Mom’s Curious Foot Condition

English is not mom’s first language and though she can speak English well, she sometimes gets her words mixed up.

When teaching people how to crochet, she will often point to a book and tell them to look at the diaphragm.

Sometimes she helps with groceries and buys paper toilet for the bathrooms and Fruit of the Loops for breakfast.

One such mix up that I cannot let her forget is when she had to go to the doctor about her foot.

She’d been experiencing pain in her foot for 3 weeks. One morning as she hobbled through the kitchen taking what seemed like tiny one inch steps, I finally convinced her to go to the doctor. 

“What’d the doctor say about your foot?” I asked when she returned home.

“I have a sperm in my foot,” she said.

“Uh. . .a what?”

“A sperm,” she said again.

“Well how did THAT get THERE?” I knew what she meant to say, but now I couldn’t help how funny this conversation was turning out to be.

“I don’t know how a it happens mí híja, he said it’s a bone sperm,” she said.

“Are you sure he said ‘sperm’?” I’m sure I was grinning, smirking, trying not to laugh.

“Yes, he said sperm! A sperm!” she fussed not understanding why I was so amused.

“Well that is next level freaky mom, I’m calling your daughters!” I remember laughing as I called my sister, “Hey guess what’s wrong with mom’s foot? She’s got a SPERM in it!” Me and my sisters then discussed all the possible ways a sperm could have gotten into her foot.

Eventually I stopped teasing and tried to get my mom to say “spur,” not “sperm,” when referencing her foot condition. However, old habits die hard, and even though this incident happened years ago, I know that today if I ask her “Hey mom, what was that problem you had with your foot?” she will probably say she had a sperm in it.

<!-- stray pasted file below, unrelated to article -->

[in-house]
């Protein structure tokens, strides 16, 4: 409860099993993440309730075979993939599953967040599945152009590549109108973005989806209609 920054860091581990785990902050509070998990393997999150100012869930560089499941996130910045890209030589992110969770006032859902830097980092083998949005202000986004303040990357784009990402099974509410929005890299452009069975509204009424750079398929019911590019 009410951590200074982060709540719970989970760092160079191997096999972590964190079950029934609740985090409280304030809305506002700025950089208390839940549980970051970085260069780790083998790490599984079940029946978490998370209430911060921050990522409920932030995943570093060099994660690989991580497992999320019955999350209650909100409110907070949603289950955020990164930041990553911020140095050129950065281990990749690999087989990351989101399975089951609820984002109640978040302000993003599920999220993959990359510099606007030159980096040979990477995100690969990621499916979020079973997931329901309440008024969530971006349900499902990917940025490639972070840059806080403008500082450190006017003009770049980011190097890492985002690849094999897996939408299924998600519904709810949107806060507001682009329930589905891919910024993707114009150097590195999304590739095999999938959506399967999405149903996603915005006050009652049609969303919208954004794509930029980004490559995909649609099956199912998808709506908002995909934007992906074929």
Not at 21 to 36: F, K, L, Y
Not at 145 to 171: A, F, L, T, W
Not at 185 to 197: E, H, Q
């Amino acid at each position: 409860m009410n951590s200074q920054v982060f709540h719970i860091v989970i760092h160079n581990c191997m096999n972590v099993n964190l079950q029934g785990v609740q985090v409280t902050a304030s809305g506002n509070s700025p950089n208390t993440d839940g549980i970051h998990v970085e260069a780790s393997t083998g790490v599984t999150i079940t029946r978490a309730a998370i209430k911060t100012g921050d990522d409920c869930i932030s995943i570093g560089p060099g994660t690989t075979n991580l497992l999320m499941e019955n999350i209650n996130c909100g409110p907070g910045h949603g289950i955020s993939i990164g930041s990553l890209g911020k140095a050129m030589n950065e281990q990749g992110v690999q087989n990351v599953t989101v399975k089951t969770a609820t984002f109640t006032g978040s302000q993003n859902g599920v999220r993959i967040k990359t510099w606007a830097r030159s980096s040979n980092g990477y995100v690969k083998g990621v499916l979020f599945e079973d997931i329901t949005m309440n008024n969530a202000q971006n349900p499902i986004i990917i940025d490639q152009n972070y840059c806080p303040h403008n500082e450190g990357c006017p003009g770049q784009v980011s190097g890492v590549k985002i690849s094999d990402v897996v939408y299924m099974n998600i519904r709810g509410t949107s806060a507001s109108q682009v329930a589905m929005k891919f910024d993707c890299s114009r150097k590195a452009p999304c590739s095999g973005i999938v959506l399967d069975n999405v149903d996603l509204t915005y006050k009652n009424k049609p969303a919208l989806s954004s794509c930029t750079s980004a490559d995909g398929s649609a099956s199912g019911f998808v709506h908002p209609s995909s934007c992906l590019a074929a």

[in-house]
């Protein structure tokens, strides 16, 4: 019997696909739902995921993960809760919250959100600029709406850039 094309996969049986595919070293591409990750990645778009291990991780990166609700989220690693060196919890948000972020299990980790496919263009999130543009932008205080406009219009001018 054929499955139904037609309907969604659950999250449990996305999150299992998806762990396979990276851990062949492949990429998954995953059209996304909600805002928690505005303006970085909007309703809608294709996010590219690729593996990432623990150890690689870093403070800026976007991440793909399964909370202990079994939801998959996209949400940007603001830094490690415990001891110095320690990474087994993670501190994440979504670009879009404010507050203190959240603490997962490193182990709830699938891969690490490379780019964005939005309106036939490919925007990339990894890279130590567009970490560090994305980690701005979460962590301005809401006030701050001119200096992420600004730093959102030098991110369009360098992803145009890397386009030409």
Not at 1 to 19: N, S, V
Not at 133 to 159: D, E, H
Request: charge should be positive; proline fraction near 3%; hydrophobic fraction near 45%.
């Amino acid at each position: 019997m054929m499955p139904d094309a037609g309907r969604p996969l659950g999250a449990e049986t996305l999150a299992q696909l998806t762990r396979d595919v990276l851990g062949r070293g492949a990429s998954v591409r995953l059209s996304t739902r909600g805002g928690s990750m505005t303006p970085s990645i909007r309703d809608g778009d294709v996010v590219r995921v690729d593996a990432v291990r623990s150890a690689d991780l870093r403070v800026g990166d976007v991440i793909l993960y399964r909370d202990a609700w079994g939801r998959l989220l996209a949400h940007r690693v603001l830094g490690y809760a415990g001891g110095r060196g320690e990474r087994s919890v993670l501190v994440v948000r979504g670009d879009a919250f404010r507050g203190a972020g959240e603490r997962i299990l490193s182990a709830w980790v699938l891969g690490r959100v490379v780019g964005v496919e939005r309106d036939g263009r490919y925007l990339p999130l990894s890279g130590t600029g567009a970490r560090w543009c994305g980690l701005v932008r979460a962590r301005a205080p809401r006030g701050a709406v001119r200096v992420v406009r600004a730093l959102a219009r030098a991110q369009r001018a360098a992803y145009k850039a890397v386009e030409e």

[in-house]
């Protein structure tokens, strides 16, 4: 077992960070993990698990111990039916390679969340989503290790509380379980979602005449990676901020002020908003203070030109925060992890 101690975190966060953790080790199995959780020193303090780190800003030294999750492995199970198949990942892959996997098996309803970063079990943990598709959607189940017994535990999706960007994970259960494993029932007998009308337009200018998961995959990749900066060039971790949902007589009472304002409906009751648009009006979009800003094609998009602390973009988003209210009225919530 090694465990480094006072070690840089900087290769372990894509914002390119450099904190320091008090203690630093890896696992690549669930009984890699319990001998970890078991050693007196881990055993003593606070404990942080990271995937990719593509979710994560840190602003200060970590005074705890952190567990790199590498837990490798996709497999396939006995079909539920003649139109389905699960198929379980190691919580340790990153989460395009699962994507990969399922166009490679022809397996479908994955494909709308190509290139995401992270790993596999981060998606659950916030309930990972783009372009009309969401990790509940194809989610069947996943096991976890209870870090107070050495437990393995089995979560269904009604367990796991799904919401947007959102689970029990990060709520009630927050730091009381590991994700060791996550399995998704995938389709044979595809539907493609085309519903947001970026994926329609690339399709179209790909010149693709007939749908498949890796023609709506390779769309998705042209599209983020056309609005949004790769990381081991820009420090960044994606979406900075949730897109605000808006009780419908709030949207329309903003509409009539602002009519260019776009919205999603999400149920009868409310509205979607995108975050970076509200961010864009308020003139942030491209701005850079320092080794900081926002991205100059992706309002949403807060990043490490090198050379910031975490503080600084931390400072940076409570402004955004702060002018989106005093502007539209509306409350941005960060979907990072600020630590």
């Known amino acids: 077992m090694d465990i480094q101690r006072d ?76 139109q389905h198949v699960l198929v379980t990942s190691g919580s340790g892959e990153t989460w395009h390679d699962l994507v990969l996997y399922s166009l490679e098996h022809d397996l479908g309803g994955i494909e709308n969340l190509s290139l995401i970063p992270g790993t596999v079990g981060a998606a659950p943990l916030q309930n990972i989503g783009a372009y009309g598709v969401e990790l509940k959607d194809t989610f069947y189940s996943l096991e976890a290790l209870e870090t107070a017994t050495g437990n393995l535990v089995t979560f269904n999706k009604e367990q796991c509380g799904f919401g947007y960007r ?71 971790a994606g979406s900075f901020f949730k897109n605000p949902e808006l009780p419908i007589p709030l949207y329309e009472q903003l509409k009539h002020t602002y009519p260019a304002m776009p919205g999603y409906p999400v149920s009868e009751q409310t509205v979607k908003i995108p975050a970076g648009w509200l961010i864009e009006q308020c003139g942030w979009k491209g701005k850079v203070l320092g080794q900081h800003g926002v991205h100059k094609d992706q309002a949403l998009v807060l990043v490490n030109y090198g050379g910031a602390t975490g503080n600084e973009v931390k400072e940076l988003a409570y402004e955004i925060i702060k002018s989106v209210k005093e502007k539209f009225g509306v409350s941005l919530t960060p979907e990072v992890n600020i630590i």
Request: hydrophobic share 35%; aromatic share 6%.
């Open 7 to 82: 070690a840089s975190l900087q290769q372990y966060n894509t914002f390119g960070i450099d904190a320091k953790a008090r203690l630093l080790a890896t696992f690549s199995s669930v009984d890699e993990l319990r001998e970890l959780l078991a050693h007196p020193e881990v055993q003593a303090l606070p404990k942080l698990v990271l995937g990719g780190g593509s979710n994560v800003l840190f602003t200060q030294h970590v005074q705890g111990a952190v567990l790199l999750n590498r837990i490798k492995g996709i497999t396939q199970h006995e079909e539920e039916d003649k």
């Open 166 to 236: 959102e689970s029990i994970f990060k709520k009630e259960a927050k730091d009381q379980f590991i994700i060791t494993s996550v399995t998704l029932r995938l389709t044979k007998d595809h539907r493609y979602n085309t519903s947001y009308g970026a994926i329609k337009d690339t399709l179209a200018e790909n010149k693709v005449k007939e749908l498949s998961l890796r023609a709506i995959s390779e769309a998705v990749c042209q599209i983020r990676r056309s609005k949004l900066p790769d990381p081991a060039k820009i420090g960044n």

Mom’s Obsession With 3-D Glasses

My mom is easy to make happy. Brunch, dinner, shopping (window shopping), a movie or  a new plant will usually make her day. Every now and then we make time some of this and have a mother/daughter date.

Her favorite thing to do is watch a good movie. You can count on her to go watch a movie with you when no one else wants to go. Especially if it’s 3-D. She loves everything 3-D so much that  she is always planning for the day that we get a 3-D television.

By planning, I mean she hoards the movie theater glasses. I cannot for the life of me get her to put those glasses in the recycle bin. Her first argument is that we paid for them so we need to keep them. Her next argument is, “Mí híja! We need them for when we get a 3-D TV!”

“But mom, if we buy a 3-D TV, it will come with glasses.” I try to reason, “They don’t all work the same, just put them in the recycle bin.”

Mom gets angry every time I try to get her to give up those glasses. She bought them and she’s keeping them.